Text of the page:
# Changeset 2656

Ignore:
Timestamp:
Feb 11, 2011, 1:02:48 PM (11 years ago)
Message:

Caesar:

• Removed unnecessary private variables
• Removed OnPropertyChanged calls on input parameters -> currently leads to non-updated quickviews, which is an Editor flaw (Editor should refresh quickview when passing parameters into plugin)
• Updated code comments from Howto

Plugin Howto:

• Updated code snippets from Caesar plugin
• Removed full Caesar example in appendix (totally out-of-sync with actual source code, it's better to grab the current version online from trunk)
• Removed obsolete x64 note
• Removed self-adulation from abstract
• Added wiki reference to abstract
• Increased version to 0.7
Location:
trunk
Files:
2 deleted
6 edited

Unmodified
Removed
• ## trunk/CrypPlugins/Caesar/Caesar.cs

 r1636 \author{S.\ Przybylski, A.\ Wacker, M.\ Wander, F.\ Enkler and P.\ Vacek} \email{\{przybylski$|$wacker$|$wander$|$enkler$|$vacek\}@cryptool.org} \version{0.6} \version{0.7} \date{\today} \begin{abstract} CrypTool 2 is the modern successor of the well-known e-learning platform for cryptography and cryptanalysis \htmladdnormallink{CrypTool 1}{http://www.cryptool.org/}, which is used worldwide for educational purposes at schools and universities as well as in companies and agencies. CrypTool~2 is the successor of the well-known e-learning platform for cryptography and cryptanalysis CrypTool\footnote{\url{http://www.cryptool.org/}}, which is used for educational purposes at schools and universities as well as in companies and agencies. As of January 2010, CrypTool~2 consists of over 7000 lines of C\# code in the core application and over 250,000 lines of C\# code in about 100 plugins. Since the first launch of CrypTool 1 in 1999 the art of software development has changed dramatically. The CrypTool 2 team began working in 2008 to develop a completely new e-learning application, embracing the newest trends in both didactics and software architecture to delight the end-user with an entirely new experience.\\ To reach these goals, CrypTool 2 is built using the following: CrypTool~2 is built using the following technologies and development tools: \begin{itemize} \item .NET (a modern software framework from Microsoft with solutions to common programming problems) \item C\# (a modern object-oriented programming language, comparable to Java) \item WPF (a modern purely vector-based graphical subsystem for rendering user interfaces in Windows-based applications) \item Visual Studio 2010 (a development environment) \item WPF (a modern vector-based graphical subsystem for rendering user interfaces in Windows-based applications) \item Visual Studio 2010 (a development environment) \item Subversion (a source code and documentation version management system) \item trac (a lightweight web-based software project management system) \end{itemize} This document is intended for plugin developers who want to contribute new visual or mathematical functionality to CrypTool 2. As of January 2010, the program consists of over 7000 lines of C\# code in the core application and over 250,000 lines of C\# code in about 100 plugins. For further information, please visit the CrypTool 2 website at \htmladdnormallink{http://www.cryptool2.vs.uni-due.de}{http://www.cryptool2.vs.uni-due.de}. This document is intended for plugin developers who want to contribute a new plugin to CrypTool~2 which implements a cryptographic algorithm or similar functionality. Please note that CrypTool~2 is an alive project in development. Certain information may be outdated or missing. If you want to stay up-to-date, we recommend checking out the CrypTool~2 development wiki\footnote{\url{https://www.cryptool.org/trac/CrypTool2/wiki}} and website\footnote{\url{http://cryptool2.vs.uni-due.de/}}. \end{abstract} \include{part1} \include{part2} \begin{appendix} \include{appendix} \end{appendix} \end{document}
 r1636 \label{CompilingTheSourcesVS} By this point you should have checked out a copy of the entire CrypTool~2 repository. Compiling is pretty easy; just go to the \texttt{trunk\textbackslash} directory and open the \textbf{\textit{CrypTool 2.0.sln}} Visual Studio solution. The Visual Studio IDE should open with all the working plugin components nicely arranged. If you are now starting Visual Studio for the first time, you will have to choose your settings. Just select either \textit{most common} or \textit{C\#} --- you can change this at any time later. On the right side is the project explorer, where you can see all the subprojects included in the solution. Look for the project \textbf{\textit{CrypStartup}} there and make sure it is selected as startup project (right-click on it and select \textit{Set as StartUp Project} from the context menu). Next, go to the menu bar and make sure the target platform is set correctly (Figure~\ref{fig:vs_menubar_x86}). If your operating system is a 32 bit installation, you have to select \textbf{x86}. If you have a 64 bit operating system, you may use one of both, x64 or x86. If in doubt, select x86. Then click \textit{Build $\rightarrow$ Build Solution} in the menubar to start the build process. \begin{figure}[htbp] \centering \includegraphics{figures/vs_menubar_x86.png} \caption{Selecting x86 as target platform.} \label{fig:vs_menubar_x86} \end{figure} \clearpage By this point you should have checked out a copy of the entire CrypTool~2 repository. Compiling is pretty easy; just go to the \texttt{trunk\textbackslash} directory and open the \textbf{\textit{CrypTool 2.0.sln}} Visual Studio solution. The Visual Studio IDE should open with all the working plugin components nicely arranged. If you are now starting Visual Studio for the first time, you will have to choose your settings. Just select either \textit{most common} or \textit{C\#} --- you can change this at any time later. On the right side is the project explorer, where you can see all the subprojects included in the solution. Look for the project \textbf{\textit{CrypStartup}} there and make sure it is selected as startup project (right-click on it and select \textit{Set as StartUp Project} from the context menu). Then click \textit{Build $\rightarrow$ Build Solution} in the menubar to start the build process. You may have to wait a while for the program to compile. Once it is finished, select \textit{Debug $\rightarrow$ Start Debugging}. CrypTool 2 should now start for the first time with your own compiled code. Presumably you have not changed anything yet, but you now have your own build of all the components (with the exception of \textit{CrypWin} and \textit{AnotherEditor}, since they are available only as binaries). If the program does not compile or start correctly, please consult our \href{https://www.cryptool.org/trac/CrypTool2/wiki/FAQ}{FAQ} and let us know if you found a bug.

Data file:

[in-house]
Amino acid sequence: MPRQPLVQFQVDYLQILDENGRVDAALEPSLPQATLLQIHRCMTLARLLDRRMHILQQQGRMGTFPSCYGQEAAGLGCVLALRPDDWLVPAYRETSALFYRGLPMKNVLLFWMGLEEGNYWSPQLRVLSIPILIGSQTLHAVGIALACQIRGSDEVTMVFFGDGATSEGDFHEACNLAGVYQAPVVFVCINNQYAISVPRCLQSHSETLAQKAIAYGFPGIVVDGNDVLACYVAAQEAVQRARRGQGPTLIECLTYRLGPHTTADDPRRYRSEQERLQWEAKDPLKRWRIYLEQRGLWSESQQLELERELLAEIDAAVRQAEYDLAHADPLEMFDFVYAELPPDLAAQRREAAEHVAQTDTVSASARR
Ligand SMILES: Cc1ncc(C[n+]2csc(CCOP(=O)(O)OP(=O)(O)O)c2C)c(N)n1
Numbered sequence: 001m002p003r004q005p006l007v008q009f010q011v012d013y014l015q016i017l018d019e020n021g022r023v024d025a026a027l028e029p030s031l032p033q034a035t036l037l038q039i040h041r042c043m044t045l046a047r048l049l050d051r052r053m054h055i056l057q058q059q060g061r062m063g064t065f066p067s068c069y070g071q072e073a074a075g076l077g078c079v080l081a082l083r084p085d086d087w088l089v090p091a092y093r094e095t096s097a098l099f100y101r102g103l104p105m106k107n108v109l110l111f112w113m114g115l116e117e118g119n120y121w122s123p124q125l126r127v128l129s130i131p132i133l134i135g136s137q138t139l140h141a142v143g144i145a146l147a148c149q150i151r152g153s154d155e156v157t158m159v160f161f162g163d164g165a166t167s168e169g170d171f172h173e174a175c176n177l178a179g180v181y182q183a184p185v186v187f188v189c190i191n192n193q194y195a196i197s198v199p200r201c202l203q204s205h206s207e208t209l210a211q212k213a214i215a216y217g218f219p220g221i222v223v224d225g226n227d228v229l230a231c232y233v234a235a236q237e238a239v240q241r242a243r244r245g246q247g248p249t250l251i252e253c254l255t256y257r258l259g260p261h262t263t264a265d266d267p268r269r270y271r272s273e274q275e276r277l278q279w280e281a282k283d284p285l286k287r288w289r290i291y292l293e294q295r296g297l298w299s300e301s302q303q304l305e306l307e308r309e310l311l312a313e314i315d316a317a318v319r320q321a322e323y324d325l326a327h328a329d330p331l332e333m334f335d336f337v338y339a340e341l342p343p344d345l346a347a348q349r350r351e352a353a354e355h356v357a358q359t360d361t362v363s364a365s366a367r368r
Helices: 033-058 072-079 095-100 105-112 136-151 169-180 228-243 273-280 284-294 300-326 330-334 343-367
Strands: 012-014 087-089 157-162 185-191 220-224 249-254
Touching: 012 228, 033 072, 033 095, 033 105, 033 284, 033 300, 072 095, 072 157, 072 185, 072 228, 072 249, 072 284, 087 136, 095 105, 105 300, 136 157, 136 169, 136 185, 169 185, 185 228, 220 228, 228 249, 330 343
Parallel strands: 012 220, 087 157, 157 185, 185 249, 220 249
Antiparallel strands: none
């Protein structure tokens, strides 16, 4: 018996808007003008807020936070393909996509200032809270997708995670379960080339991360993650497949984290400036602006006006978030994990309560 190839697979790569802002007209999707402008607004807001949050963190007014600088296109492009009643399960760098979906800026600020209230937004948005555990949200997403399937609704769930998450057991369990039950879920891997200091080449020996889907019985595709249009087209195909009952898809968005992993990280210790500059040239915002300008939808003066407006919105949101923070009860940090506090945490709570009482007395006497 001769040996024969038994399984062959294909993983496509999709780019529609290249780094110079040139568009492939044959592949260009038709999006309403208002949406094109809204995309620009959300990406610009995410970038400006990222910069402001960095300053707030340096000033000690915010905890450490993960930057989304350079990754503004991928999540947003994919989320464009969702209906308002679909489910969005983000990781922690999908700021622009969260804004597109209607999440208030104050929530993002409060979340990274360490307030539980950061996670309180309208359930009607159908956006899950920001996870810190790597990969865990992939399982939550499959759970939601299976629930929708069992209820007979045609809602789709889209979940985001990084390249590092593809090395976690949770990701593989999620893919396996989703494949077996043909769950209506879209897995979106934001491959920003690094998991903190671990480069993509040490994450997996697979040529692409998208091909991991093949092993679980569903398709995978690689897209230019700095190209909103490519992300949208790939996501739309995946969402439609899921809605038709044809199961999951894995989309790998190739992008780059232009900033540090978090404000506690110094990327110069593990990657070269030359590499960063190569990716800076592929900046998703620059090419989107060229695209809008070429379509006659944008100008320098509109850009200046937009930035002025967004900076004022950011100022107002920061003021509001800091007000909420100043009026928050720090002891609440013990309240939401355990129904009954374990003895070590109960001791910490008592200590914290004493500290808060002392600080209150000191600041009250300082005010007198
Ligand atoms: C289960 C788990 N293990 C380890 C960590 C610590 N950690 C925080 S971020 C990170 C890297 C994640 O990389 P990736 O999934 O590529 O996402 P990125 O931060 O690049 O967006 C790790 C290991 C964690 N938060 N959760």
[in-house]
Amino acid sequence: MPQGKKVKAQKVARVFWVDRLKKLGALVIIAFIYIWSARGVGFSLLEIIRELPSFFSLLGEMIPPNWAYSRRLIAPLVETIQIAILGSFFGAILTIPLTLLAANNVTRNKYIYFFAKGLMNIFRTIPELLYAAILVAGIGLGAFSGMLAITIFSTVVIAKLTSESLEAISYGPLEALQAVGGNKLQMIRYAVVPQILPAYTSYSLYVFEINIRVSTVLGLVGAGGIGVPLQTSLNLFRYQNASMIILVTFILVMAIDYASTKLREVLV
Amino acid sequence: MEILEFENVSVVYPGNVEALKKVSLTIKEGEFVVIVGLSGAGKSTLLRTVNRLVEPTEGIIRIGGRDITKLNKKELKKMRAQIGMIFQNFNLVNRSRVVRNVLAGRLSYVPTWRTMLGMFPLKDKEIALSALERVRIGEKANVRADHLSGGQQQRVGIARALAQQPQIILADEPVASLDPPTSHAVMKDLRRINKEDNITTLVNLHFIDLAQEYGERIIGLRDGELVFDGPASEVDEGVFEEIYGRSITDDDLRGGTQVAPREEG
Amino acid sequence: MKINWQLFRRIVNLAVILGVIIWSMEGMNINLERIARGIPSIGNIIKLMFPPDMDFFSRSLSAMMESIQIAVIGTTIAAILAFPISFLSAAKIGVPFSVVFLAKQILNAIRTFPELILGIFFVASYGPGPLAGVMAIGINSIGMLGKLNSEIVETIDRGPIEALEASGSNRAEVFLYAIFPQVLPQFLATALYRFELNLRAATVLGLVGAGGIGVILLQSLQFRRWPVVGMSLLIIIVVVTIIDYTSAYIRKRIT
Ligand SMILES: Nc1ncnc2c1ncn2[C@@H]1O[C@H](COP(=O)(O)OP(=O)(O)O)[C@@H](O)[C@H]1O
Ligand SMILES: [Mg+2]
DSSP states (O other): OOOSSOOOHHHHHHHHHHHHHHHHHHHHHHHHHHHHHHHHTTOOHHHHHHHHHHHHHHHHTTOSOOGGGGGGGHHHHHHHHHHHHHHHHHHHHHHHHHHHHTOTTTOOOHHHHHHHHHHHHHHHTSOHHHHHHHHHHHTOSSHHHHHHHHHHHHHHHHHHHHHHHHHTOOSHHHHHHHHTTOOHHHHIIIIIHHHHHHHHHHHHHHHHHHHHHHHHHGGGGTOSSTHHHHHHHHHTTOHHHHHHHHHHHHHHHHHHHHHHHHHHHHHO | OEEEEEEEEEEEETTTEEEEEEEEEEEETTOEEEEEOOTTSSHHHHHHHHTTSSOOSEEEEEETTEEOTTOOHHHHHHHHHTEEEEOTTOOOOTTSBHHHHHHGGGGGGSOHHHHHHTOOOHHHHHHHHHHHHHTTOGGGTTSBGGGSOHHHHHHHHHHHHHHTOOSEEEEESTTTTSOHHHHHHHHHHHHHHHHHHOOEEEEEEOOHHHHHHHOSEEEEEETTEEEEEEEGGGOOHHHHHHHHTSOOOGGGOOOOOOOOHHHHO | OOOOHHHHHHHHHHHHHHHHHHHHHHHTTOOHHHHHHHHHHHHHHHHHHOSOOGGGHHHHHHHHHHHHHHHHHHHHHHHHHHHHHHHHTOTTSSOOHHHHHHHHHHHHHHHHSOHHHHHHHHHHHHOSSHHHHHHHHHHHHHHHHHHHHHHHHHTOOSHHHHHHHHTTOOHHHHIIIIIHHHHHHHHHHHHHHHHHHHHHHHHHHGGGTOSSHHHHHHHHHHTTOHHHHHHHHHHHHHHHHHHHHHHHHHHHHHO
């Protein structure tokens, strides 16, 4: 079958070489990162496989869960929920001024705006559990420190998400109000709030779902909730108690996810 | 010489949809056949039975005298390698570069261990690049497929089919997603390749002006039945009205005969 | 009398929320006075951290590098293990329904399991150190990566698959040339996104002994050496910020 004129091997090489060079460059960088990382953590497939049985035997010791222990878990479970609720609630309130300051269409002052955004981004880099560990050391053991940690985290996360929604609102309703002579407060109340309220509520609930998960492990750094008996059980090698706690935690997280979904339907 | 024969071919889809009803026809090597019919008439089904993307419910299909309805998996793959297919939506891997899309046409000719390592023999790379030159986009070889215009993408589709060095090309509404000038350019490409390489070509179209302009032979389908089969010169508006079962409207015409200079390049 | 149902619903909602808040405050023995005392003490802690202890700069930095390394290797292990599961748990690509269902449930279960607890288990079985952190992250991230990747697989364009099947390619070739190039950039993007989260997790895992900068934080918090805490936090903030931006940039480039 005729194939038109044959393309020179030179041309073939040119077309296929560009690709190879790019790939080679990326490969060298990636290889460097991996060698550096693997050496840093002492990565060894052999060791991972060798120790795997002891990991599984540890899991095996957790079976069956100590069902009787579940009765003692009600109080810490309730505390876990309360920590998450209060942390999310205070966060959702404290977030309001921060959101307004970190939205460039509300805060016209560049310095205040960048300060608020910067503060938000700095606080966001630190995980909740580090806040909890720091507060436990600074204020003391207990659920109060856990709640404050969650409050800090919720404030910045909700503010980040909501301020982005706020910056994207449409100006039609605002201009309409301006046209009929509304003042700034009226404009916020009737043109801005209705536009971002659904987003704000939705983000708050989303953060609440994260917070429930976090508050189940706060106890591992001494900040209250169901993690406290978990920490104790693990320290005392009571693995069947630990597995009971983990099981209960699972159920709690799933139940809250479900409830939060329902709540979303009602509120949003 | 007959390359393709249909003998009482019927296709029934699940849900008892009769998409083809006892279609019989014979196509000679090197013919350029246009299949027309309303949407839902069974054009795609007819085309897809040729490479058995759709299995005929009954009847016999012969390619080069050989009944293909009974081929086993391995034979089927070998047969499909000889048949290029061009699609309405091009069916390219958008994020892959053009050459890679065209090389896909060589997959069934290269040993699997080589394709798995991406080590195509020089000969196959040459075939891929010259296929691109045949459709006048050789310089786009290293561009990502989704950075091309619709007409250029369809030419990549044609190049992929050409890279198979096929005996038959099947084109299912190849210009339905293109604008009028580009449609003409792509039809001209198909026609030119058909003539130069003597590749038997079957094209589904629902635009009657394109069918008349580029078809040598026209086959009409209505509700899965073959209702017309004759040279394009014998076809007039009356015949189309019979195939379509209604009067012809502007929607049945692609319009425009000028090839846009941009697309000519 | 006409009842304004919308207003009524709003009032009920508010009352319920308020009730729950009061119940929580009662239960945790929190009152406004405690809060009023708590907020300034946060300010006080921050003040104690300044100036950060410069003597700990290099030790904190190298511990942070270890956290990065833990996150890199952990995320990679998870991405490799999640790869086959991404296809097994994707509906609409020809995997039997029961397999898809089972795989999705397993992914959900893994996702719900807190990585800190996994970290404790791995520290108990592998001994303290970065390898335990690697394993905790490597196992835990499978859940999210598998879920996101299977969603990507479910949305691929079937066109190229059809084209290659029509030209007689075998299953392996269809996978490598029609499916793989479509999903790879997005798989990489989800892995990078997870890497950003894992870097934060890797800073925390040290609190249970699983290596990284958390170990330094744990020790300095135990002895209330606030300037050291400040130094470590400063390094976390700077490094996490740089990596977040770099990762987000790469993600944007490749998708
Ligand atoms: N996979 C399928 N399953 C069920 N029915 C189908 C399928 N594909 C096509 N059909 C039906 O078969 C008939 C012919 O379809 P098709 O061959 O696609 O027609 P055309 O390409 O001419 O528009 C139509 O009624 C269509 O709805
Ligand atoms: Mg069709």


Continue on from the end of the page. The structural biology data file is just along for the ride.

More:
r2320 \item \textit{Cryptool.PluginBase.Editor} --- contains interfaces for editors that can be implemented in CrypTool 2, such as the default editor. \item \textit{Cryptool.PluginBase.Generator} --- contains interfaces for generators, including the random input generator. \item \textit{Cryptool.PluginBase.IO} --- contains interfaces for input, output and the \textit{CryptoolStream}. \item \textit{Cryptool.PluginBase.IO} --- contains interfaces for input, output and the \textit{ICryptoolStream}. \item \textit{Cryptool.PluginBase.Miscellaneous} --- contains assorted helper classes, including \textit{GuiLogMessage} and \textit{PropertyChanged}. \item \textit{Cryptool.PluginBase.Resources} --- used only by CrypWin and the editor; not necessary for plugin development. \item \textit{Cryptool.PluginBase} --- to implement \textit{ISettings} in the CaesarSettings class. \item \textit{Cryptool.PluginBase.Cryptography} --- to implement \textit{IEncryption} in the Caesar class. \item \textit{Cryptool.PluginBase.IO} --- to use CryptoolStream for data input and output. \item \textit{Cryptool.PluginBase.IO} --- to use ICryptoolStream for data input and output. \item \textit{Cryptool.PluginBase.Miscellaneous} --- to use the CrypTool event handler. \end{itemize} \label{sec:DefiningThePrivateVariablesOfTheSettingsInTheCaesarClass} The next step is to define some private variables that are needed for the settings, input, and output data. In our example, this will look like the following: \begin{lstlisting} #region Private variables private CaesarSettings settings; private string inputString; private string outputString; private enum CaesarMode { encrypt, decrypt }; private List listCryptoolStreamsOut = new List(); The next step is to define some private class elements. In our example, this will look like the following: \begin{lstlisting} #region Private elements private CaesarSettings settings; // required to implement the IPlugin interface properly private enum CaesarMode { encrypt, decrypt }; // nested enum, used to select either encryption or decryption #endregion \end{lstlisting} \ \\ % ugly but functional If your algorithm deals with long strings of code, it is recommended to use the \textit{CryptoolStream} data type. This was designed for input and output between plugins and to handle large amounts of data. To use the native CrypTool stream type, include the namespace \textit{Cryptool.PluginBase.IO} with a \texttt{using} statement as explained in Section \ref{sec:ImportingCrypPluginBaseNamespaces}. Our example makes use of the following private variables: \begin{itemize} \item \texttt{CaesarSettings settings} --- required to implement the IPlugin interface properly. \item \texttt{string inputString} --- string from which to read the input data. \item \texttt{string outputString} --- string to which to save the output data. \item \texttt{enum CaesarMode} --- used to select either encryption or decryption. \item \texttt{List$<$CryptoolStream$>$ listCryptoolStreamsOut} --- a list of all streams created by the plugin, which helps to perform a clean dispose. \end{itemize} \ \\ If your algorithm deals with potentially large data amounts, it is recommended to use the \textit{ICryptoolStream} data type. More information about how to use the \textit{ICryptoolStream} can be found in the CrypTool 2 wiki: \url{https://www.cryptool.org/trac/CrypTool2/wiki/ICryptoolStreamUsage}. You will need to include the namespace \textit{Cryptool.PluginBase.IO} with a \texttt{using} statement as explained in Section \ref{sec:ImportingCrypPluginBaseNamespaces}. \subsection{Adding controls to the CaesarSettings class} public string InputString { get { return this.inputString; } set { if (value != inputString) { this.inputString = value; OnPropertyChanged("InputString"); } } get; set; } \end{lstlisting} public string OutputString { get { return this.outputString; } set { outputString = value; OnPropertyChanged("OutputString"); } get; set; } \end{lstlisting} \begin{lstlisting} [PropertyInfo(Direction.OutputData, "CryptoolStream output", "The raw CryptoolStream data after processing with the Caesar cipher", "", false, false, QuickWatchFormat.Text, null)] public CryptoolStream OutputData { get { if (outputString != null) public ICryptoolStream OutputData { get { CryptoolStream cs = new CryptoolStream(); listCryptoolStreamsOut.Add(cs); cs.OpenRead(Encoding.Default.GetBytes(outputString.ToCharArray())); return cs; if (OutputString != null) { return new CStreamWriter(Encoding.Default.GetBytes(OutputString)); } return null; } else { return null; } } set { } } set { if (value != settings.ShiftKey) { settings.ShiftKey = value; } } } { case 0: GuiLogMessage("Encrypting", NotificationLevel.Debug); ProcessCaesar(CaesarMode.encrypt); break; case 1: GuiLogMessage("Decrypting", NotificationLevel.Debug); ProcessCaesar(CaesarMode.decrypt); break; \end{lstlisting} It is important to make sure that all changes to the output properties will be announced to the CrypTool 2 environment. In our example this happens by calling the set method of \textit{OutputData}, which in turn calls \textit{OnPropertyChanged} to indicate that both output properties \textit{OutputData} and \textit{OutputDataStream} have changed. Instead of calling the property's set method you could instead call \textit{OnPropertyChanged} directly within the \textit{Execute()} method. It is important to make sure that all changes to the output properties will be announced to the CrypTool 2 environment. Therefore we call \textit{OnPropertyChanged} on both changed output properties \textit{OutputString} and \textit{OutputData}. \subsection{Sending messages to the CrypTool 2 core} \label{sec:SendingMessagesToTheCrypTool2Core} The CrypTool 2 API provides three methods to send messages from the plugin to the CrypTool 2 core. \textit{GuiLogMessage} is used to send messages to the CrypTool 2 status bar. This method is a nice mechanism to inform the user as to what your plugin is currently doing. \textit{OnPropertyChanged} is used to inform the core application of changes to any data output properties. This is necessary for a correct plugin execution. \textit{ProgressChanged} is used to visualize the progress of the algorithm as a bar. The CrypTool 2 API provides three methods to send messages from the plugin to the CrypTool 2 core. \textit{GuiLogMessage} is used to send messages to the CrypTool 2 status bar. This method is a mechanism to inform the user as to what your plugin is currently doing. \textit{OnPropertyChanged} is used to inform the core application of changes to any data output properties. This is necessary for a correct plugin execution. \textit{ProgressChanged} is used to visualize the progress of the algorithm as a bar. \begin{figure}[h] \end{itemize} \subsection{Performing a clean dispose} \label{sec:PerformingACleanDispose} Be sure you have closed and cleaned all your streams after execution before CrypTool 2 decides to dispose the plugin instance. There has been some misunderstanding about the meaning of \textit{Dispose()}. Dispose will be called ultimately before object destruction. After disposal, the object will be in an undefined state. \begin{lstlisting} public void Dispose() { foreach(CryptoolStream stream in listCryptoolStreamsOut) { stream.Close(); } listCryptoolStreamsOut.Clear(); } \end{lstlisting} \section{Drawing the workflow of your plugin} \label{DrawingTheWorkfloweOfYourPlugin}